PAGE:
Get Your Folk Spirit OnJanuary 17, 2016
She took a bow to the crowd, everyone looked at her with eyes full of affection and resonation.
The sound of applause lasted for five minutes after she left the stage.
Direct from the folk underground, Ani DiFranco brought the city of Belleville together with her soulful music at Empire Theatre on Sept. 17.
For DiFranco, music is incredibly healing. It is a powerful medicine to her happiness and well being.
“Ever since it entered my life when I was nine years old, when I picked up my guitar, it has been essential. In the time of my life when I’ve been really alone, I’ve always had music. It really saved me,” said DiFranco during a phone interview from New Orleans a week before her show in Belleville.
Even though DiFranco’s music takes on a lot of flavours and a lot of different sounds including jazz, soul, rock and electronica, she still defines herself as a folk musician who creates music with a story.
“Folk music is sub-corporate, community-based and politically radical. This folk underground is where I come from,” said DiFranco.
This kind of integrity and pursuit of independence and creative freedom motivated her to launch her own record label, Righteous Babe Records.
At this stage of DiFranco’s life, she is the mother of two lovely children, and said music is now like a vacation to her. She loves being on the road because she considers music a social act.
“In the modern world, we have been duped into thinking of music as a commodity that people buy and sell. But it’s really something you do with other people, a way to connect yourself and to feel your humanness together,” said DiFranco.
If you’ve seen her on stage, you know that witnessing a live performance by DiFranco is the most inspirational way to receive her music. Not only is her presence on stage energetic and free-spirited, but her ability to connect with the audience during pauses in the set are the real testament to who she is as a person.
DiFranco has many dreams for the world, and she is never shy to express them through her music. Her latest album Allergic to Water still carries her compassion and deepest concerns for human struggles.
DiFranco explains that the reason she named the album after the song Allergic to Water because “the basic idea under that song is what if everything that we imagine are the things that are most essential. The more beautiful and the more important something is, the more difficult and the more painful it would be. That theme flow through a lot of my songs.”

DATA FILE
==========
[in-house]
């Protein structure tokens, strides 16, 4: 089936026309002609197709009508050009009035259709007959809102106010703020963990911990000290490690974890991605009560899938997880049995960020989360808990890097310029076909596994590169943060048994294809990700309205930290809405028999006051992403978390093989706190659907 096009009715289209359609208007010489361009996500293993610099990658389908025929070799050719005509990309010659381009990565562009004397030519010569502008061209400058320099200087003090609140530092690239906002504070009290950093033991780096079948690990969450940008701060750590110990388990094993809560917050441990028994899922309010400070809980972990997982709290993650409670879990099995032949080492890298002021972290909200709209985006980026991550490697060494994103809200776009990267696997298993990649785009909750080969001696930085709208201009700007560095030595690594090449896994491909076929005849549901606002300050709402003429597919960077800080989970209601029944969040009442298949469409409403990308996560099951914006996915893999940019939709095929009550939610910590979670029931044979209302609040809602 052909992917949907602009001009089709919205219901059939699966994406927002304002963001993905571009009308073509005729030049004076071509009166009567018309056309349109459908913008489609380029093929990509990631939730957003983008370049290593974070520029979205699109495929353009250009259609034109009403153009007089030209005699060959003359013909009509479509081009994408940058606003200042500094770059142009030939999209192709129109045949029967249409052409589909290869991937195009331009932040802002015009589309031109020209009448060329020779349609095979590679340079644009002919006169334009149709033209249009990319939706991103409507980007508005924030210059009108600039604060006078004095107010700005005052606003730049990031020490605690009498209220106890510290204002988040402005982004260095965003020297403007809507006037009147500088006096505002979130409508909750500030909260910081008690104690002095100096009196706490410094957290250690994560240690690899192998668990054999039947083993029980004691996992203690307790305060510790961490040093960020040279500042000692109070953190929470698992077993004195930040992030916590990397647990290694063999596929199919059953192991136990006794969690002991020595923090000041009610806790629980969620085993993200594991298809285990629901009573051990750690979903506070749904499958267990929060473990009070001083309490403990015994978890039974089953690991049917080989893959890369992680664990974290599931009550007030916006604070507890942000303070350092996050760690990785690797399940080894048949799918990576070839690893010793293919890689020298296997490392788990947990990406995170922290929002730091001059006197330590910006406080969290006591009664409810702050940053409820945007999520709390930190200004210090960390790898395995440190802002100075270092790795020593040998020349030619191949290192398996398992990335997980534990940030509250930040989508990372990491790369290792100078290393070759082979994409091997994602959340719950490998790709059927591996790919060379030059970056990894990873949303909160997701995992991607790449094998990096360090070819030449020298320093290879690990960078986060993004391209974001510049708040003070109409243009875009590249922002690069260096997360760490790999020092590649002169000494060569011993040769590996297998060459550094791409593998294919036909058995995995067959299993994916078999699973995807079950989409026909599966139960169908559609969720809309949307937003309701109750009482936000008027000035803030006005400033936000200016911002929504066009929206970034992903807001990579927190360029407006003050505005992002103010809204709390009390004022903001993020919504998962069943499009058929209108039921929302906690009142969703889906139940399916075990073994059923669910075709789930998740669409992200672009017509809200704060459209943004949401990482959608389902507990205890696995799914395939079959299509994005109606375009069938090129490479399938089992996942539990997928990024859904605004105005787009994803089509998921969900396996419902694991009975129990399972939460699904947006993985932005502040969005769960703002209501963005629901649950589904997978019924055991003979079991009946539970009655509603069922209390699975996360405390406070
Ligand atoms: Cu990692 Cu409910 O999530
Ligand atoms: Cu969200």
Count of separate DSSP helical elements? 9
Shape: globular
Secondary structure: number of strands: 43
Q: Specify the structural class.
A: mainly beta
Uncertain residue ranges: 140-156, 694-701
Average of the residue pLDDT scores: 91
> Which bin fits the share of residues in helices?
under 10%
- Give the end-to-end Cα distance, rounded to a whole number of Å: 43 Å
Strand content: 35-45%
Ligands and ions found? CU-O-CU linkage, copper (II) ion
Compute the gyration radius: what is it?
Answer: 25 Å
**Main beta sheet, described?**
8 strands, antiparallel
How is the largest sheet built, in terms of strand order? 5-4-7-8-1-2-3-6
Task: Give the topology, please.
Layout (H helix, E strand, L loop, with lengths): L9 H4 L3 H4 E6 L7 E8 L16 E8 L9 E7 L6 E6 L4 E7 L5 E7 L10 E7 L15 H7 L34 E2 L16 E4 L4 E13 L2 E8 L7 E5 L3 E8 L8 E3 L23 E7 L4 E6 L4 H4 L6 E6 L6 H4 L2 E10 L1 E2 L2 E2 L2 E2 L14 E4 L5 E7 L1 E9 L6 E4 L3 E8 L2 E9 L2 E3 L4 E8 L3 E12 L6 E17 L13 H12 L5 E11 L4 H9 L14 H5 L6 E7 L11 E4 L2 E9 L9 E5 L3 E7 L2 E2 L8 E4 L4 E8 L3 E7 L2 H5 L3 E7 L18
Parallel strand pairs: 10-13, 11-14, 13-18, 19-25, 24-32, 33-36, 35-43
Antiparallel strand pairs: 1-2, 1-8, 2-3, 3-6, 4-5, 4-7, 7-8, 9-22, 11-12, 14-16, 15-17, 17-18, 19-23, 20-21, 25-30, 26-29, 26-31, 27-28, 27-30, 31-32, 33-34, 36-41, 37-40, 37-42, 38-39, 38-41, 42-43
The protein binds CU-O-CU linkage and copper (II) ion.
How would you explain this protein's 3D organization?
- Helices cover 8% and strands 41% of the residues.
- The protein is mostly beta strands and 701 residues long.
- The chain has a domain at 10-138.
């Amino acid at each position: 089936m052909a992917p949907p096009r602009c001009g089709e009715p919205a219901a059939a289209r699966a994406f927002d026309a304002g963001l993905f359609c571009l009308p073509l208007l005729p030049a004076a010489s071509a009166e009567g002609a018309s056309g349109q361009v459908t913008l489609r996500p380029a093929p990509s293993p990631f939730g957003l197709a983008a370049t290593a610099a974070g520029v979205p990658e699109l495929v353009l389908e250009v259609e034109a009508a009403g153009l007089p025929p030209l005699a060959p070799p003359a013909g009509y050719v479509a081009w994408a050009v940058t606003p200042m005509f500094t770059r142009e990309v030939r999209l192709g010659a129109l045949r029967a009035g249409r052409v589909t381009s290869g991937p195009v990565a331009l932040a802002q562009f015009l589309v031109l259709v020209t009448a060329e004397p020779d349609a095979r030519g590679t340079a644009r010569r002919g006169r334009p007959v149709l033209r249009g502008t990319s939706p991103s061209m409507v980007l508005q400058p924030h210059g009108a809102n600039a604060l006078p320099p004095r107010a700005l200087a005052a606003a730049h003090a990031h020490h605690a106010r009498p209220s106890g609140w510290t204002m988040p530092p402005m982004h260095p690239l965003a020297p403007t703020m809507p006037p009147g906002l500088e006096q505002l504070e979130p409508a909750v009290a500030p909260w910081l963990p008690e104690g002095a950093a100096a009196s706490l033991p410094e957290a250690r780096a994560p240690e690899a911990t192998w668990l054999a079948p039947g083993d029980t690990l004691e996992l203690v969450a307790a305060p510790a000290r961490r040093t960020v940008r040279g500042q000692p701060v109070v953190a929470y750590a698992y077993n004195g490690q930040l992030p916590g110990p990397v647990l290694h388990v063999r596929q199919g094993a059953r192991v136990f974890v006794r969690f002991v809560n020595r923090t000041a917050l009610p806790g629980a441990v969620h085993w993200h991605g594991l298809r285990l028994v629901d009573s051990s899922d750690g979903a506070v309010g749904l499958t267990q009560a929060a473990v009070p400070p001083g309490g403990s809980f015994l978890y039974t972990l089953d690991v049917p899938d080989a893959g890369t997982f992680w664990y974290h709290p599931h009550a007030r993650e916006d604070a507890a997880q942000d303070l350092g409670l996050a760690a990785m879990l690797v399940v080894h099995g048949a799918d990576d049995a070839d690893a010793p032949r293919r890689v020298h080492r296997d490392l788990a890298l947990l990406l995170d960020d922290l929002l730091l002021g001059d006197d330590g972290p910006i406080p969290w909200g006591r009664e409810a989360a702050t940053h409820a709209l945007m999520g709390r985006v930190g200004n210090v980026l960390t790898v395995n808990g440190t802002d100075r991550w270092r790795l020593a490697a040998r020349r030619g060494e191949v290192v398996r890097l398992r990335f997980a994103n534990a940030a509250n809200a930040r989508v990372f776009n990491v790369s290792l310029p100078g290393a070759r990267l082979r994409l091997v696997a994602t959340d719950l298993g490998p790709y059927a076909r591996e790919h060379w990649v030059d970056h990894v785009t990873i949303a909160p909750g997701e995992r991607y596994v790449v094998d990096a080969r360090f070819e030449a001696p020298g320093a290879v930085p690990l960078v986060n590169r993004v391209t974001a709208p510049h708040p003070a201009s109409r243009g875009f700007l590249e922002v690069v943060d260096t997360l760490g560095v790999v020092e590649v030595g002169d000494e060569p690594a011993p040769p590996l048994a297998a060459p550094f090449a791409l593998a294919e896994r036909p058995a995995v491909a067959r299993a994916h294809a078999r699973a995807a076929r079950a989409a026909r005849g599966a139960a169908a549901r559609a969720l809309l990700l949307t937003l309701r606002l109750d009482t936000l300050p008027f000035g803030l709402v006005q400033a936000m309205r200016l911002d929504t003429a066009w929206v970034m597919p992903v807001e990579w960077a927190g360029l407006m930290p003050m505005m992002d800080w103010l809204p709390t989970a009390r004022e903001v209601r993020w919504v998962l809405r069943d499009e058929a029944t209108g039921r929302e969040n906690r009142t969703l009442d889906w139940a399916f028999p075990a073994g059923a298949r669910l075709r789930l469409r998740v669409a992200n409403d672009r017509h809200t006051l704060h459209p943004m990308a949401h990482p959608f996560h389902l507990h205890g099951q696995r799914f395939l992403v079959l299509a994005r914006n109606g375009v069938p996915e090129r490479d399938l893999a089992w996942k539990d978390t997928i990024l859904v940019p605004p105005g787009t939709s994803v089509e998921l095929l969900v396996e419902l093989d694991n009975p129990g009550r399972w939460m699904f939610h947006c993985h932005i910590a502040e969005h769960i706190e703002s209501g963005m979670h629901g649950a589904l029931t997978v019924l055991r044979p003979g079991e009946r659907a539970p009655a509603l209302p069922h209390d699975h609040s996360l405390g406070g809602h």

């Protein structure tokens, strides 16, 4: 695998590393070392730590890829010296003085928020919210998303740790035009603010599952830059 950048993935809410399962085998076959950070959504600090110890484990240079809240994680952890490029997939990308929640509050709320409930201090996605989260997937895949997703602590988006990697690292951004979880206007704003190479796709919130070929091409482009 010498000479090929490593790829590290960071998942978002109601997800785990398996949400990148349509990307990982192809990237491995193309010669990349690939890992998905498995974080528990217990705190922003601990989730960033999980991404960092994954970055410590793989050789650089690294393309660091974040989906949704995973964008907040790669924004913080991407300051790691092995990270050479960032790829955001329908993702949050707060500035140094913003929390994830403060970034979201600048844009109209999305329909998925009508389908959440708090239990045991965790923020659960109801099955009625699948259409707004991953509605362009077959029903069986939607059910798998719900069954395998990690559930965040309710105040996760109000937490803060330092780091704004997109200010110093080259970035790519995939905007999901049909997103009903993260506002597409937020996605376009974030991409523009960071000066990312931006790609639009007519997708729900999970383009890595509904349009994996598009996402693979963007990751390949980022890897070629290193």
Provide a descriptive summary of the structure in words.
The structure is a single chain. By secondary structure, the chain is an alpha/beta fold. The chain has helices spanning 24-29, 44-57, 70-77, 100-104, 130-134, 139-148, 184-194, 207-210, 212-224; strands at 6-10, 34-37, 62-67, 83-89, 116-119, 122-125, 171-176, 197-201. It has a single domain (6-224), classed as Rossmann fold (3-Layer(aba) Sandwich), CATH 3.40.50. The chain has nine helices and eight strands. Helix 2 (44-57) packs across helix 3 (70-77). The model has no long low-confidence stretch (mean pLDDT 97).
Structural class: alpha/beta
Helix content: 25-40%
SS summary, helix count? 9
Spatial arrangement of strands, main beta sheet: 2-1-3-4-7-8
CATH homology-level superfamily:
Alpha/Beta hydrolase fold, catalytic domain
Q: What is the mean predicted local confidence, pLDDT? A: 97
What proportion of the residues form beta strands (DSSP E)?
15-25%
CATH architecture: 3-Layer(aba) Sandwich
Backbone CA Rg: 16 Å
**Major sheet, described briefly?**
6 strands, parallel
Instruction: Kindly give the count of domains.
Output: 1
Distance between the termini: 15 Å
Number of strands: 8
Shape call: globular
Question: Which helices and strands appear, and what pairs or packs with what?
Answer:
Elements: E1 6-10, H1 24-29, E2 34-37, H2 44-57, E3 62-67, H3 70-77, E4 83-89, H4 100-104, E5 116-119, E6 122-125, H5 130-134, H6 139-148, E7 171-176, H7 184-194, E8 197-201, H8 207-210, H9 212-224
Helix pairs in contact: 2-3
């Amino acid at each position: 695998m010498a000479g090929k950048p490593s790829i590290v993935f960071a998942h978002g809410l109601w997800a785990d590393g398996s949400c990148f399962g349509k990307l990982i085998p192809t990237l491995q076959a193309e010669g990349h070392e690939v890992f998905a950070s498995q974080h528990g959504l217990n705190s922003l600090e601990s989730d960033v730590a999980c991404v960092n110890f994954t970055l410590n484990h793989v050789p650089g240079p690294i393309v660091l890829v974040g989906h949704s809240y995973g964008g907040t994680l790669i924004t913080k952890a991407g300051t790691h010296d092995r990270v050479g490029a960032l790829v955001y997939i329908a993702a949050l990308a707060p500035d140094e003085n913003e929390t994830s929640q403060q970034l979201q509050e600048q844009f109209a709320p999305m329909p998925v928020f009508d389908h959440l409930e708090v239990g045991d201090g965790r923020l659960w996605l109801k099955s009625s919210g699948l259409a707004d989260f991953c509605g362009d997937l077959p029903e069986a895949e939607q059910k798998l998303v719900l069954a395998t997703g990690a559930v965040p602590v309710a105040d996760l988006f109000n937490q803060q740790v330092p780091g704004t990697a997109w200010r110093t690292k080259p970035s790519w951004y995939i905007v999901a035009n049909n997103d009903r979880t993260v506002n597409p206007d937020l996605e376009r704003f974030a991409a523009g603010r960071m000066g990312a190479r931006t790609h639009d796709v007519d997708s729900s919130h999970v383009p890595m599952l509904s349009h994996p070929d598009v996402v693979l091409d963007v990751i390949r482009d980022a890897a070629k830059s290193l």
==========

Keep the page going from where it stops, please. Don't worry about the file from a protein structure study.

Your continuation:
Ever since DiFranco was a young woman learning how to live in the world, she has been a feminist and writing about feminism in her songs.
Now that she is in her forties, feminism has not waned for her, and it has become more important.
“Now I see it as not a quest for women’s emancipation around the globe, it’s human emancipation. I think the core at feminism is patriarchy, and it hurts men and women both. We will never know peace on earth until we reactivate the right hemisphere of feminine, the part of our nature that put relationship before hierarchy, seek connection instead of competition,” said DiFranco.
DiFranco has expectations for the younger generation, and she believes that human kind is educating itself. She thinks that in both America and Canada, there are more progressive thinking people and fewer regressive thinking people.
There is one thing DiFranco wants to say to younger generation: “I know you look now at government and democracy, as incredibly disillusioning and everywhere you see hypocrisy and everywhere you see lies. But I think the only way out of here is to invest in it more. You have to believe in democracy. You have to vote every chance you get.”
If we say music is a magical language, then DiFranco’s music will tell you a story about the magic of understanding and connection. It is her shield against the world, and yet, it is also her sword to save the world.
She expresses that magical language perfectly in the lyrics from her song Splinter:
“Women who bleed and bleed and bleed, women who swim with the tide, women who change when the wind blows, show us we are connected to everything, show us we are not separate from everything.’